When will we find out who’s won the election this year? Let’s take a look.

When Does the Loser Concede the Election?

When the result of the election becomes obvious, the candidate who is trailing in the polls, and who has relinquished hope of becoming the victor, will concede the election to the winner-apparent.

This is a gracious and graceful move, done before the actual results have been tallied. It is a way of allowing the support staff of the losing candidate to pack it in, go home, get some much-needed rest after grueling months on the campaign trail.

Sometimes, however, the loser does not go quietly into that good night. Think of a toddler being dragged away from a party. Yeah, like that.

Given the personalities involved in the 2020 US presidential election, don’t expect a graceful concession call from the loser to the winner.

What if the Loser Does Not Concede the Election?

If a president who is already ensconced in the White House does not want to admit that he has to move out of the house in January, then he can create problems.

After the election, which is in early November, the current president still gets to stay in the White House until the official hand over of power, in January. Who knows how much damage an angry loser can do to a property (and to the presidency itself) in two enraged months?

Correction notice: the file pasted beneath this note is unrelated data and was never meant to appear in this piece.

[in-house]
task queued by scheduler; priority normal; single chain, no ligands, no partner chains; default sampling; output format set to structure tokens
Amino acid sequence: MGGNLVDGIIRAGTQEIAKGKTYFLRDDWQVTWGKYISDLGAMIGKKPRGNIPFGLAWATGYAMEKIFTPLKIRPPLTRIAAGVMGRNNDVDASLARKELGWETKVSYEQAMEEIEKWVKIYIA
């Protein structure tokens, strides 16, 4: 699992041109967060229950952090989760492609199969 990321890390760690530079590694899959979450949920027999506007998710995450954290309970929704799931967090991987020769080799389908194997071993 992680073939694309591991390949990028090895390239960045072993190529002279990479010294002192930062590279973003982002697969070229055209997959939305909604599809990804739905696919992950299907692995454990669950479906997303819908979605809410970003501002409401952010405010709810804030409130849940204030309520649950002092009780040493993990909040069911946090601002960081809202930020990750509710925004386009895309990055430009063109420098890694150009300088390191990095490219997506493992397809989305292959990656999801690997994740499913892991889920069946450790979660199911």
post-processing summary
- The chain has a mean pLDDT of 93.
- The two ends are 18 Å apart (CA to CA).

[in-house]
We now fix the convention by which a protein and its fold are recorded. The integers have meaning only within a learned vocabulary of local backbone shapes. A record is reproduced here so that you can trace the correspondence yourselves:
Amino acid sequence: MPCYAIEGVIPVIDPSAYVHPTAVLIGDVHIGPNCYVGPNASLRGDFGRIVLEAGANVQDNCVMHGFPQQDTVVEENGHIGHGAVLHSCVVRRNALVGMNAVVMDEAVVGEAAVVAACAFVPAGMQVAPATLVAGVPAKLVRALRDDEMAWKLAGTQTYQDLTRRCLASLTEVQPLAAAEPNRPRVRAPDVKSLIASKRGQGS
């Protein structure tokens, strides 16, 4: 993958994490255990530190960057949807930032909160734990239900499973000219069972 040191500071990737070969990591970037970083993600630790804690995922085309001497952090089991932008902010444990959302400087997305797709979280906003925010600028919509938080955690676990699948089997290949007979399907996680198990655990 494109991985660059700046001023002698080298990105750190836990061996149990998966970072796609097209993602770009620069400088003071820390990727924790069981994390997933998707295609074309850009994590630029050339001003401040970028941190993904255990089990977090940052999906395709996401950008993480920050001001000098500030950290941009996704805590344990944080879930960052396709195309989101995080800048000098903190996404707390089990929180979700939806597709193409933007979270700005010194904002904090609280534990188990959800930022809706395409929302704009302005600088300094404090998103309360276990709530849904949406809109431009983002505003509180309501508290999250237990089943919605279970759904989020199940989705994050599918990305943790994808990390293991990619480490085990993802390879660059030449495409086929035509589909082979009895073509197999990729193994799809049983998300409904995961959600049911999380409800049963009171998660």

According to The Atlantic, the threat of lawsuits generated by an out of control incumbent could push an already tense nation over the edge. Already, the Trump presidency has seen violence, attack, and anonymous kidnappers in swat gear let loose upon the populace (the very people paying the salaries of their tormentors).

In a normal year, if the loser did not concede the election, he or she would be forcibly removed from the premises on the date of the power transfer. But now, in 2020?

No one knows what can happen. Political analysts are white-knuckled, contemplating all of the discord one human being can sow.

When Are Election Results Officially Announced?